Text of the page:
Tuesday, February 16, 2021

Glimmer DSL for SWT Mandelbrot Fractal and Hello, Cursor! Samples


It includes two new samples:
  • Mandelbrot Fractal: this is a very well known Computer Science/Math algorithm that renders a fractal at various zoom levels, demonstrating the repetitive nature of fractals. During my bachelor of Computer Science at McGill University (Montreal, QC, Canada), I remember spending very long and tiring nights at the computer lab to implement an Assembly language renderer of the Mandelbrot Fractal. Much has changed since then. We have multi-core processors today, let alone the wonderful Ruby programming language, so I wrote this with Glimmer DSL for SWT by taking advantage of the multi-threaded JRuby and saturating all CPU cores to finish calculating Mandelbrot points in less than 10 seconds on 4 CPU cores. It takes advantage of the idea of Thread Pools, resulting in very terse multi-threaded code, which is implemented using concurrent-ruby, a multi-threading library included in Glimmer. The sample supports unlimited zooming, pre-calculated in the background with the window title bar notifying you once higher zooms are available. It also allows panning with scrollbars or mouse dragging. Enjoy!
  • Hello, Cursor!: introduces the various mouse cursors available out of the box in SWT.

Mandelbrot Fractal Sample

Hello, Cursor! Sample

Below is the multi-threaded model code and Glimmer GUI DSL code of the Mandelbrot Fractal initial version (without zooming). The way I parallelized processing is by realizing that the calculation of each Mandelbrot Fractal point (happening in a loop) is independent of all other points, and thus I could distribute and process in separate threads. Of course, I don't want more than 4 threads (or 8 hyperthreads), which depends on the number of CPU cores (I have 4) to avoid thread competition for CPUs slowing down the calculation. As such, I relied on a Thread Pool constrained by as many processors as available. See below how simple the code to achieve that is with Ruby and the concurrent-ruby gem. Otherwise, the Glimmer DSL for SWT GUI simply paints an image as a form of image buffering (to avoid Mandelbrot pixel repaints on GUI repaints) and then puts it inside a canvas to display.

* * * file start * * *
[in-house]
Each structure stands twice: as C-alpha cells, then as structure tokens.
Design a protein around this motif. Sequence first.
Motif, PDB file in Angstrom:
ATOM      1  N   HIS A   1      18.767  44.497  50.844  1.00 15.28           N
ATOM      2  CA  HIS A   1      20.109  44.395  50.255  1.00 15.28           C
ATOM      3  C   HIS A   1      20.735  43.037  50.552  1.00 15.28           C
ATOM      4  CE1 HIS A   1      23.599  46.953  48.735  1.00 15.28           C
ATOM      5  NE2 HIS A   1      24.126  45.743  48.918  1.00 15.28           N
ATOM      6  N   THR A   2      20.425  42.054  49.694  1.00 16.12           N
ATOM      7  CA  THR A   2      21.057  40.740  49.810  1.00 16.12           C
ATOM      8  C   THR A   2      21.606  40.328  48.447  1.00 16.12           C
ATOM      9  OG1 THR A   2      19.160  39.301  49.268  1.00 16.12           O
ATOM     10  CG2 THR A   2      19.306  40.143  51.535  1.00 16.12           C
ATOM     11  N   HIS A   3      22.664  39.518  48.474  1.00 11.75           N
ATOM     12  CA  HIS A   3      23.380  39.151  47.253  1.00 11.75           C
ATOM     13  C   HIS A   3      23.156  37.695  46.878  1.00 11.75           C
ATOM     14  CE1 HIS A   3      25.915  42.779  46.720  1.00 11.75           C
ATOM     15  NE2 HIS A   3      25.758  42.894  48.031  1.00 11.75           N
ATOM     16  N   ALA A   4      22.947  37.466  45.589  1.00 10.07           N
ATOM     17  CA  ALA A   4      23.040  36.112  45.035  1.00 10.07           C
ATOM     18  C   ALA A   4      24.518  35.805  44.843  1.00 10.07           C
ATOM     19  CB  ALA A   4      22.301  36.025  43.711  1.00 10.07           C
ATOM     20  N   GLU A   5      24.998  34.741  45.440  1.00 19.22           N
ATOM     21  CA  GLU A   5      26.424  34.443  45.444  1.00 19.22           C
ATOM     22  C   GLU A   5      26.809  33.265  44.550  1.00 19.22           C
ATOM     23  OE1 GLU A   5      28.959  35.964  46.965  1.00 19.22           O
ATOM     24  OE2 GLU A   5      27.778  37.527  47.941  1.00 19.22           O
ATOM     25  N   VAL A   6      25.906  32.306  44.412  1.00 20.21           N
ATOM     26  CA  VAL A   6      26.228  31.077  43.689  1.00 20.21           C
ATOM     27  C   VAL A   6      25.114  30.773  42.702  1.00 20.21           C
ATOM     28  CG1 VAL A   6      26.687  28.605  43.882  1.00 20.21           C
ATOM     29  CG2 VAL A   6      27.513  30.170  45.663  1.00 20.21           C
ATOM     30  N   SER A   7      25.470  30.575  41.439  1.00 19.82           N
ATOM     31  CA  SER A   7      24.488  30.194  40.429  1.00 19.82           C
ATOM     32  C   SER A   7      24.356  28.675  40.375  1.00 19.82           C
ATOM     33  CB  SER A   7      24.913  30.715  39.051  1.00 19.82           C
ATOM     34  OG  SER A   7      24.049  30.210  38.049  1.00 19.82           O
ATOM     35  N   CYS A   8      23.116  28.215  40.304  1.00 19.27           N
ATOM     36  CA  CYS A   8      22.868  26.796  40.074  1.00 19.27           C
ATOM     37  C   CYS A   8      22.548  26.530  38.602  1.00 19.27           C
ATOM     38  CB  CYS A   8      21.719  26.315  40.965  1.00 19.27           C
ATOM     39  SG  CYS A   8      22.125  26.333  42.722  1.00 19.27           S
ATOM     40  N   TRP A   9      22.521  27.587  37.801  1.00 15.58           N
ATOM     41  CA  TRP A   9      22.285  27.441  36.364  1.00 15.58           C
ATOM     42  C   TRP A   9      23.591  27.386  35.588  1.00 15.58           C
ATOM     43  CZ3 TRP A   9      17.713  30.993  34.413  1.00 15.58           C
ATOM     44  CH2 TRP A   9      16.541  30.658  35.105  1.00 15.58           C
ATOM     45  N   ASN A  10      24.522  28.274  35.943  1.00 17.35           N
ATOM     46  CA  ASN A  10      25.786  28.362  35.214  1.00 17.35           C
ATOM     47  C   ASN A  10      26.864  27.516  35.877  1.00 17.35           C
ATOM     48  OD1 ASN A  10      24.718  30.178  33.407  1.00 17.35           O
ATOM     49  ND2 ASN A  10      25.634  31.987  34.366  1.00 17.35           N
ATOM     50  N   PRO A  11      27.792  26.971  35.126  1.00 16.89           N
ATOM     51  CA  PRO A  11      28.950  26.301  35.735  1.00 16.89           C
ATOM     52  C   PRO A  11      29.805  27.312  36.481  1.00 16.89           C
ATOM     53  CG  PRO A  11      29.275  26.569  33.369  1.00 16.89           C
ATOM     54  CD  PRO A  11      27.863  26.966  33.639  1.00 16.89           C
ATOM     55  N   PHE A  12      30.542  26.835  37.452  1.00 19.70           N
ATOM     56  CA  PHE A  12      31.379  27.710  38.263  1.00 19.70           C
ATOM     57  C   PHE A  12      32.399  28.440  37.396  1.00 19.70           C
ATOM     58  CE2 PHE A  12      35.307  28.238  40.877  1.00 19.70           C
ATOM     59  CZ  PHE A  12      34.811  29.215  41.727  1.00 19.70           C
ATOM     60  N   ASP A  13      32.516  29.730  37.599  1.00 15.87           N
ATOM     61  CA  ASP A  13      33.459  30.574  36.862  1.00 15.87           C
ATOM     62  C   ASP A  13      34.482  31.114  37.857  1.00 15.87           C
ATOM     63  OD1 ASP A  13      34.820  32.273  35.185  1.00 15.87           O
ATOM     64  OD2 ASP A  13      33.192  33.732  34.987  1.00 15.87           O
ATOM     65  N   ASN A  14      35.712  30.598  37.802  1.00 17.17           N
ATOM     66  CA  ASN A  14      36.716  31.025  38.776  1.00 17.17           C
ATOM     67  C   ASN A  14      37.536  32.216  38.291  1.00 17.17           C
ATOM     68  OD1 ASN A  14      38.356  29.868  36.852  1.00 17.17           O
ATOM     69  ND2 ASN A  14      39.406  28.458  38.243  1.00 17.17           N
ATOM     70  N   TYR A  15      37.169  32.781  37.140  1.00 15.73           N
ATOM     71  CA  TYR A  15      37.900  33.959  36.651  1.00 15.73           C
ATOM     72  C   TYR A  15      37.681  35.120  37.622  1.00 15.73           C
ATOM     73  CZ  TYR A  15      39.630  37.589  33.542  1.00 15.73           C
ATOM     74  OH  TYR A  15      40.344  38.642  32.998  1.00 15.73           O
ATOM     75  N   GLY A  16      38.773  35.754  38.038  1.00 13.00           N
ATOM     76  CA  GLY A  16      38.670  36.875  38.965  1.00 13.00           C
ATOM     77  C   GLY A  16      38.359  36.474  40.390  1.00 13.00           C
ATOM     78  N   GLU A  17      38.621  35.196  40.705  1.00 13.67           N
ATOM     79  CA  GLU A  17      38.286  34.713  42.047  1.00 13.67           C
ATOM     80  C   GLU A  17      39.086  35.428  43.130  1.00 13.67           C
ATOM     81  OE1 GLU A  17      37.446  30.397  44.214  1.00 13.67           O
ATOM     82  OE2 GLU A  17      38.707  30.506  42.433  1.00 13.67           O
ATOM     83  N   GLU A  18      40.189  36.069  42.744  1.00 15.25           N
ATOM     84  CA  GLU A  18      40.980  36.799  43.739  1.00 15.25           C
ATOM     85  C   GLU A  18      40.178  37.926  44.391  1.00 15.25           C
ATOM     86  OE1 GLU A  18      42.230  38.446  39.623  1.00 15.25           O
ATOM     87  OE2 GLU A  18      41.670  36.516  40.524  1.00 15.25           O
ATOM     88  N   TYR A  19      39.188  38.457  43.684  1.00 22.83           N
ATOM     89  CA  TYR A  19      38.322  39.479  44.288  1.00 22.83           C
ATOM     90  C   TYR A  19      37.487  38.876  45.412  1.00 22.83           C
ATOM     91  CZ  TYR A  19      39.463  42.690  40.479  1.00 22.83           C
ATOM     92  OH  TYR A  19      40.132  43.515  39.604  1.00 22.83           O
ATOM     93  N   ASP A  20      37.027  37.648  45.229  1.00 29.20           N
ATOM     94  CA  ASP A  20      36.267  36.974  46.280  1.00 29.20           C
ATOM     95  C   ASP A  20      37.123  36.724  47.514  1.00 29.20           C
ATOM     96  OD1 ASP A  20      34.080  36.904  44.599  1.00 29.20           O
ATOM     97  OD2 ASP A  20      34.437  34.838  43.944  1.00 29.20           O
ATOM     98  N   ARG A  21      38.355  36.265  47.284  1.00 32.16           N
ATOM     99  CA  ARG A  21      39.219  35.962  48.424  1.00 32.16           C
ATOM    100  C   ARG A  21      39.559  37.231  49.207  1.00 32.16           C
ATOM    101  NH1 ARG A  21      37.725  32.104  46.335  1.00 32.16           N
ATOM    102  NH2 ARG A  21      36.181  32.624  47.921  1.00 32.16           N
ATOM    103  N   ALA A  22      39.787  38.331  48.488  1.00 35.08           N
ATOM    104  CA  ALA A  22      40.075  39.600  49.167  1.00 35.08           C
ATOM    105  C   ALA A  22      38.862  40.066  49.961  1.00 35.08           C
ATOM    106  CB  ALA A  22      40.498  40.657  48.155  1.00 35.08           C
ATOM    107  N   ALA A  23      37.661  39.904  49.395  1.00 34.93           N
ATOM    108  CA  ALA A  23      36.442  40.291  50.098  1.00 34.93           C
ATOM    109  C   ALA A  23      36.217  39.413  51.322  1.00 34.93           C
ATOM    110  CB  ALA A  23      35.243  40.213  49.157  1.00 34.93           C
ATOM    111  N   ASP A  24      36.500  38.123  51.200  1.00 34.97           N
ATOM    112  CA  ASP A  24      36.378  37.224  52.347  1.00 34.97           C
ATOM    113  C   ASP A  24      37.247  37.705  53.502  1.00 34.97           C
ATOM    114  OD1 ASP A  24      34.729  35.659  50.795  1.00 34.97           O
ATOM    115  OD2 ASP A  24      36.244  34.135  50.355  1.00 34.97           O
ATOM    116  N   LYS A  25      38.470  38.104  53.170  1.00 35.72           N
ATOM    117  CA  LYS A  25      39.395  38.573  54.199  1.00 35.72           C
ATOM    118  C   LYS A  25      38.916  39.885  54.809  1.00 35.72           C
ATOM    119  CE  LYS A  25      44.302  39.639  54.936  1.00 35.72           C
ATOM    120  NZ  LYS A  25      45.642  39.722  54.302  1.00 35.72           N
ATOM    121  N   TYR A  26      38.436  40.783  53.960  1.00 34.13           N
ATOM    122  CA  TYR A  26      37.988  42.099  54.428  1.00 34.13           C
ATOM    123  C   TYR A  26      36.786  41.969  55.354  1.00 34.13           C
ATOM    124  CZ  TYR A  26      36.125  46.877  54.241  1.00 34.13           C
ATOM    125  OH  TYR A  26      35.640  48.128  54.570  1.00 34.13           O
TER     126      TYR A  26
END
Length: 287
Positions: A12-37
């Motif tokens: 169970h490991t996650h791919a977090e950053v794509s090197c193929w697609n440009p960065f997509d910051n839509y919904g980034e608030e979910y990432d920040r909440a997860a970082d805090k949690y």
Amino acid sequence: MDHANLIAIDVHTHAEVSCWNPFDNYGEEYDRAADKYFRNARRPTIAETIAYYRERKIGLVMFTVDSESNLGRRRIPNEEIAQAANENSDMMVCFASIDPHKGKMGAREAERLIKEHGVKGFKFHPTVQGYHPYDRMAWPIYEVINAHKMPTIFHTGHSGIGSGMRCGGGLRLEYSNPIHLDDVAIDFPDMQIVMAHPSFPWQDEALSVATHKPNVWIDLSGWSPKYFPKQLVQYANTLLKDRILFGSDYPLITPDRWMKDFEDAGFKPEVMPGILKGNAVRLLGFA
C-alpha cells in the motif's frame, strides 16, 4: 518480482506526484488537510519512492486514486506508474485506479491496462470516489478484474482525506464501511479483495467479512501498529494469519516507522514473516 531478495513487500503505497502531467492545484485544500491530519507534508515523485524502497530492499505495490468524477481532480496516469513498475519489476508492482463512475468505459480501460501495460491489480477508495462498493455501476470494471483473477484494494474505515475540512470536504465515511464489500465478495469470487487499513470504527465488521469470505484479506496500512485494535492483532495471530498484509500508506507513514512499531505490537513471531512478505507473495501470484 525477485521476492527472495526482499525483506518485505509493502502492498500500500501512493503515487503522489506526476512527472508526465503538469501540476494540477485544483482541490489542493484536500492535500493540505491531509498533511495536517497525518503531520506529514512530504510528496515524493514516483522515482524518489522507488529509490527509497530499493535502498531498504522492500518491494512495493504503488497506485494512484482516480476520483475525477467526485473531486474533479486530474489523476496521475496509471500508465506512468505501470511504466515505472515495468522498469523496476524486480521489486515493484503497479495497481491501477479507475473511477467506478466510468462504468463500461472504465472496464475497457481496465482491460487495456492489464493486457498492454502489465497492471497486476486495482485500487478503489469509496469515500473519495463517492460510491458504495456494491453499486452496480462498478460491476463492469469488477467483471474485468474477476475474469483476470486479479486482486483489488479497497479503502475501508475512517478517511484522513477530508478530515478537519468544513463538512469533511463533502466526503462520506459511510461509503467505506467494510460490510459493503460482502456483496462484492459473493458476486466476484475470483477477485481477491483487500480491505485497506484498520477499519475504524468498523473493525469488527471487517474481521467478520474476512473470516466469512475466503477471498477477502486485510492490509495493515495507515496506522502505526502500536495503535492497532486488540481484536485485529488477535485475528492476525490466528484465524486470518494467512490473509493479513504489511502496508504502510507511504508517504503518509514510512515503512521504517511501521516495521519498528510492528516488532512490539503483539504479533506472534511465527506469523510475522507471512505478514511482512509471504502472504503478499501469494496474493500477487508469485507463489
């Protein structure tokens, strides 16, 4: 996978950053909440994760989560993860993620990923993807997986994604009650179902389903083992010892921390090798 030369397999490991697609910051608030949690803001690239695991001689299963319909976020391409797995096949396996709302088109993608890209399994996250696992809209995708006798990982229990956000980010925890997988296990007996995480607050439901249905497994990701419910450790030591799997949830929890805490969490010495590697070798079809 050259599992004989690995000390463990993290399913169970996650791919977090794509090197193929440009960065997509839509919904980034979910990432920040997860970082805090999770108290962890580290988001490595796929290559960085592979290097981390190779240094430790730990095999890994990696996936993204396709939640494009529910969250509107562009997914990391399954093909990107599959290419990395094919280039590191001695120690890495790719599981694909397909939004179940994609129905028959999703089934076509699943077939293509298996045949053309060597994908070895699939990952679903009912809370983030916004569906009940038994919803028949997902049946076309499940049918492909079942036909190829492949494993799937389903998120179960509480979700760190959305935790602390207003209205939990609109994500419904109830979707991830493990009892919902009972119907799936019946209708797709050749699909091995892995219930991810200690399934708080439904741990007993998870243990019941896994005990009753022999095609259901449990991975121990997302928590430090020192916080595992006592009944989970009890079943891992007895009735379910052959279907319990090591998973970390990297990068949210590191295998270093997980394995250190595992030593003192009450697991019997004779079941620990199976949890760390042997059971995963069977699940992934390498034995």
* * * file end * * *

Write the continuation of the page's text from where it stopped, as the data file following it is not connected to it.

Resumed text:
One final note is that obviously from a Software Engineering point of view, Ruby wouldn't be the fastest language at calculating the Mandelbrot Fractal points given it is dynamically typed and interpreted. So, think of this as just a Glimmer GUI learning exercise taking advantage of the fact that modern computers ship with so many cores that even Ruby has a fighting a chance, albeit not the fastest, for this type of problem. That said, for serious applications, if you offload the calculation to another statically typed language like Java while integrating with JRuby for the Glimmer GUI, this sample should run much faster.

Happy Glimmering!

You may learn more about how the Mandelbrot Fractal sample got a progress bar and menus in this following blog post.

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